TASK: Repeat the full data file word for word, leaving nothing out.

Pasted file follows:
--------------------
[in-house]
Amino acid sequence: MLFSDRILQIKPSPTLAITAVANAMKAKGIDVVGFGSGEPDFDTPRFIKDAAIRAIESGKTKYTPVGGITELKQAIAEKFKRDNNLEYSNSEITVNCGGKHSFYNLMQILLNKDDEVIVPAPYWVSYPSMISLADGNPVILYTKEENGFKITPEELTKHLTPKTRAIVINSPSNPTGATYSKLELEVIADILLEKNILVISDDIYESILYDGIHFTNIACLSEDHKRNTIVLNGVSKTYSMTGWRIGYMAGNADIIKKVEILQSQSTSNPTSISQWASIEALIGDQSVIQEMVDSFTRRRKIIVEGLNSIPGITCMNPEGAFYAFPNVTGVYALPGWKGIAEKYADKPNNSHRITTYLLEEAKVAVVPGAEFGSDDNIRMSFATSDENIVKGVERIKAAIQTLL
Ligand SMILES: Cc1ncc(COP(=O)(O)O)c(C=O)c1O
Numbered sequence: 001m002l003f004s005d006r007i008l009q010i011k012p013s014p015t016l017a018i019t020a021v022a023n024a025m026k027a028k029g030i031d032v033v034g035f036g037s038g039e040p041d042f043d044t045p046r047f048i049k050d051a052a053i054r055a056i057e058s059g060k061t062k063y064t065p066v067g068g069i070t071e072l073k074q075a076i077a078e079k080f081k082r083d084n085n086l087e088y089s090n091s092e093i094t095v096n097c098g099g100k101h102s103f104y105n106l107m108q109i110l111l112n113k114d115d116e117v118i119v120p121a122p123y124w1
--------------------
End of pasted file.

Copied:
[in-house]
Amino acid sequence: MLFSDRILQIKPSPTLAITAVANAMKAKGIDVVGFGSGEPDFDTPRFIKDAAIRAIESGKTKYTPVGGITELKQAIAEKFKRDNNLEYSNSEITVNCGGKHSFYNLMQILLNKDDEVIVPAPYWVSYPSMISLADGNPVILYTKEENGFKITPEELTKHLTPKTRAIVINSPSNPTGATYSKLELEVIADILLEKNILVISDDIYESILYDGIHFTNIACLSEDHKRNTIVLNGVSKTYSMTGWRIGYMAGNADIIKKVEILQSQSTSNPTSISQWASIEALIGDQSVIQEMVDSFTRRRKIIVEGLNSIPGITCMNPEGAFYAFPNVTGVYALPGWKGIAEKYADKPNNSHRITTYLLEEAKVAVVPGAEFGSDDNIRMSFATSDENIVKGVERIKAAIQTLL
Ligand SMILES: Cc1ncc(COP(=O)(O)O)c(C=O)c1O
Numbered sequence: 001m002l003f004s005d006r007i008l009q010i011k012p013s014p015t016l017a018i019t020a021v022a023n024a025m026k027a028k029g030i031d032v033v034g035f036g037s038g039e040p041d042f043d044t045p046r047f048i049k050d051a052a053i054r055a056i057e058s059g060k061t062k063y064t065p066v067g068g069i070t071e072l073k074q075a076i077a078e079k080f081k082r083d084n085n086l087e088y089s090n091s092e093i094t095v096n097c098g099g100k101h102s103f104y105n106l107m108q109i110l111l112n113k114d115d116e117v118i119v120p121a122p123y124w1